In the fourth year of the TDP, an east-west Bus Rapid Transit (BRT) route – as contemplated by the Destination Medical Center plan – might be feasible. This route would connect St Marys Hospital and Mayo’s main campus, and might continue to points further east, before terminating and turning around near the K-Mart site on 9 St SE. This is represented on the map by Route 84.

     photo 2020_zps6moyozvc.jpg

    2020 Transit Route Details

    2021 – North-South BRT service

    In the fifth year of the TDP, a north-south BRT route could be established along Broadway Ave., connecting the northeast side of the City with the airport. This is represented on the map by Route 84.

     photo 2021_zpsstypewhd.jpg

    2021 Transit Route Details

    I hope this helps.  Let me know if there is anything else I can provide you.

    —————

    Bryan Law, AICP

    Transit Planner | Rochester Public Transit

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  • 28Feb

    Here is some context to the bus shutdown on Friday. I know it is frustrating, but we call it a snow emergency for a reason.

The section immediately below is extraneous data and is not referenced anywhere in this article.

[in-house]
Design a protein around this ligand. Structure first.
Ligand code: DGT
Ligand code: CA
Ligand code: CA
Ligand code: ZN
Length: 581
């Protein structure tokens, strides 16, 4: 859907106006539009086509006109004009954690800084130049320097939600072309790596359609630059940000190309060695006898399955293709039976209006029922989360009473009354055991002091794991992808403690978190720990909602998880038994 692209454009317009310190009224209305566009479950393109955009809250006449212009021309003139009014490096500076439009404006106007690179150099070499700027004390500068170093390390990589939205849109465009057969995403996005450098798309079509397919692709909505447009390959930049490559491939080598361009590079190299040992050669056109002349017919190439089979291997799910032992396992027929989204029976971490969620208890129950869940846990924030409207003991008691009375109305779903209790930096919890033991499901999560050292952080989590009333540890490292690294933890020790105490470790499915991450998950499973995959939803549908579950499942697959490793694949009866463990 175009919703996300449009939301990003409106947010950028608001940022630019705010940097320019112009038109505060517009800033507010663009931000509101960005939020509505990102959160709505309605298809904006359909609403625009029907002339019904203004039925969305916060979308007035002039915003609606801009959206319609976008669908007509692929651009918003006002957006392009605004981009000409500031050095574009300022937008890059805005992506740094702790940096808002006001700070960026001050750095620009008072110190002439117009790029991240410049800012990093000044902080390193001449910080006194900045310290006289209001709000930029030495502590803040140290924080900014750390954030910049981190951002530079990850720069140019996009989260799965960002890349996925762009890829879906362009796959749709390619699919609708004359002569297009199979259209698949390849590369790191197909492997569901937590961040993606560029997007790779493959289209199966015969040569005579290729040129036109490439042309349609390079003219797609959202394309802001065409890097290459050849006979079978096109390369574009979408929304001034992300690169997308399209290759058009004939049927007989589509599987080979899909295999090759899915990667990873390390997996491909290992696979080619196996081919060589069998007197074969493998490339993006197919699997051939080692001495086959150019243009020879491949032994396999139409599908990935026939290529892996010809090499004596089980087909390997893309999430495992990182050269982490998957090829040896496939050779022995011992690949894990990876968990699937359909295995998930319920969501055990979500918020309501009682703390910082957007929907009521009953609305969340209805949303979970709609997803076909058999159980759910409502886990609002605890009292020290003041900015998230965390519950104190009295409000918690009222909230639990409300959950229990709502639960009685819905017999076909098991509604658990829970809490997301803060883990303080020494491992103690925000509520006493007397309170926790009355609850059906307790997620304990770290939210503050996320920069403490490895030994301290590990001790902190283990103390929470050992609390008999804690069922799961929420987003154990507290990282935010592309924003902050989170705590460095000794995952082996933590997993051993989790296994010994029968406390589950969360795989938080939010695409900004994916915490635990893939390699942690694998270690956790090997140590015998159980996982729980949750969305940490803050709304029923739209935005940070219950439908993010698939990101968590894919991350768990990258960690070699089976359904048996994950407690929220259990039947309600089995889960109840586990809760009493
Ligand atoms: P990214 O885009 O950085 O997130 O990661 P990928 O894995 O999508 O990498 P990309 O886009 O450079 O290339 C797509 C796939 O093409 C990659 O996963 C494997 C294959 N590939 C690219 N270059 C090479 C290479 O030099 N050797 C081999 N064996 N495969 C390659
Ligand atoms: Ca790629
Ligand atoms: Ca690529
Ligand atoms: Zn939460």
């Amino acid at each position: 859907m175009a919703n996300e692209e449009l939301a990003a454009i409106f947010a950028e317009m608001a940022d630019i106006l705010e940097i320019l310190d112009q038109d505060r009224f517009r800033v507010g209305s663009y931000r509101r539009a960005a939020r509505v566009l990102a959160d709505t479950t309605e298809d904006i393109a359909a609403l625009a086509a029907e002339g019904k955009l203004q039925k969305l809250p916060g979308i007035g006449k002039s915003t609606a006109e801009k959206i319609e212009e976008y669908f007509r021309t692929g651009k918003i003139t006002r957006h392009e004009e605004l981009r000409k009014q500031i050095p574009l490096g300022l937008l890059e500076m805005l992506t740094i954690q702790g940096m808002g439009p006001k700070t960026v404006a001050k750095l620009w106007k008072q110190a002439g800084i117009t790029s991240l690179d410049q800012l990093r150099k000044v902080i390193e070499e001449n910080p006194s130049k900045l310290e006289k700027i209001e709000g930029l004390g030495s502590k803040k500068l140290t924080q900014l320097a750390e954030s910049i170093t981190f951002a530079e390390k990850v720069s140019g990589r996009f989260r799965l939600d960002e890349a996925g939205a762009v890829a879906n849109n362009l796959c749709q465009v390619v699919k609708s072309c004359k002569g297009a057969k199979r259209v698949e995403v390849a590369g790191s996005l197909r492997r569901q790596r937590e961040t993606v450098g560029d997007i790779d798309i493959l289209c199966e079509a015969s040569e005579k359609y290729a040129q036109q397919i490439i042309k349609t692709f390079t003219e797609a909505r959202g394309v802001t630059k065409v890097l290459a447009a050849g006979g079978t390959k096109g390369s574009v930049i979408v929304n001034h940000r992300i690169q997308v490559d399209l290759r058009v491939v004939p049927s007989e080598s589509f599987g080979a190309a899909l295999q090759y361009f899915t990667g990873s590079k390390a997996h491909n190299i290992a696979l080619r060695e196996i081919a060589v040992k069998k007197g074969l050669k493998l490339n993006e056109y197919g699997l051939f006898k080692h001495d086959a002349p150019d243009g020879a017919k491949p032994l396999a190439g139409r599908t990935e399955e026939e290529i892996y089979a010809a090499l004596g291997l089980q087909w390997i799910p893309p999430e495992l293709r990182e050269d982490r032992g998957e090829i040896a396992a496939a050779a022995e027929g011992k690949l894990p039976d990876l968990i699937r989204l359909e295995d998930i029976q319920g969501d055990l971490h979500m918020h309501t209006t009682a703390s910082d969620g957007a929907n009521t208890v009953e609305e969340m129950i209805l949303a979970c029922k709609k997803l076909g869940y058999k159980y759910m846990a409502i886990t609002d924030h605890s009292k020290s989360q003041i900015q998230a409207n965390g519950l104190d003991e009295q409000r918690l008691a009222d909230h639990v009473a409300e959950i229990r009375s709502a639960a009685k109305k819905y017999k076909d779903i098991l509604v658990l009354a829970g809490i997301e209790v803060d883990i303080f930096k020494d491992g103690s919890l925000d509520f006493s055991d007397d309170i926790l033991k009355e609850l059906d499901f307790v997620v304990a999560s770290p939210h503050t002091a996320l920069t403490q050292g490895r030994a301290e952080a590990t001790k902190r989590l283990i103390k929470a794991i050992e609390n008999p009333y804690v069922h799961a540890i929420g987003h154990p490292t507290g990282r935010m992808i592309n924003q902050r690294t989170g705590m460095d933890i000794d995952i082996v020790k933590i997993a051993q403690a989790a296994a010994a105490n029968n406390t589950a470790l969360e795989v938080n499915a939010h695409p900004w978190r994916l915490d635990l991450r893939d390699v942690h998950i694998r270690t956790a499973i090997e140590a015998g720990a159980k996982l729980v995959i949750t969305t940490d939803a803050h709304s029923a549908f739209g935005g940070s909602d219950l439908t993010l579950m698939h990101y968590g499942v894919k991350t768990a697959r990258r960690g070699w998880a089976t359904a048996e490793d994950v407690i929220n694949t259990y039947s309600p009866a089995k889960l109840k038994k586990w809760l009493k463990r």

Gary,

    Below I am repeating some the information I shared on Friday with Council Members  Hickey, Campion and Bilderback.

    The decision to run, delay, or partial or  full shutdown involves various inputs;  weather forecasts (including the projected timing of the storm), street conditions, the plowing/ sanding schedule and consultation with Mayo. A final decision is made jointly by the City Transit and Parking Manager and First Transit General Manager. The bus routes for the most part are on arterials or neighborhood collector streets. A number of years back a policy was set in place that bus routes would have priority in regards to order of plowing for City streets. (RPT routes also operates on roads under the  jurisdiction of the Olmsted County and MnDOT.)  The discussion starts with a staff meeting the day before the forecasted event where all information is reviewed. The plan for public dissemination is also laid out.  A review of actual conditions depends on the timing. The last major storms were overnight events. Therefore,  a review of conditions including a visual observation of street conditions started at 2:00 a.m.. A decision to shut down for the last storm was made at 4:00 a.m..

    RPT also parks 1500 commuters in its park and ride lots. The leases require all lots to be cleared by 6:00 a.m. Some lots are cleared by RPT’s snow contractor. In the last storm two lots representing about 50% of our capacity did not get cleared by 6:00 a.m. These were owner operated. We will be following up with the owners.

    Following is a summary of events for the February 24 storm.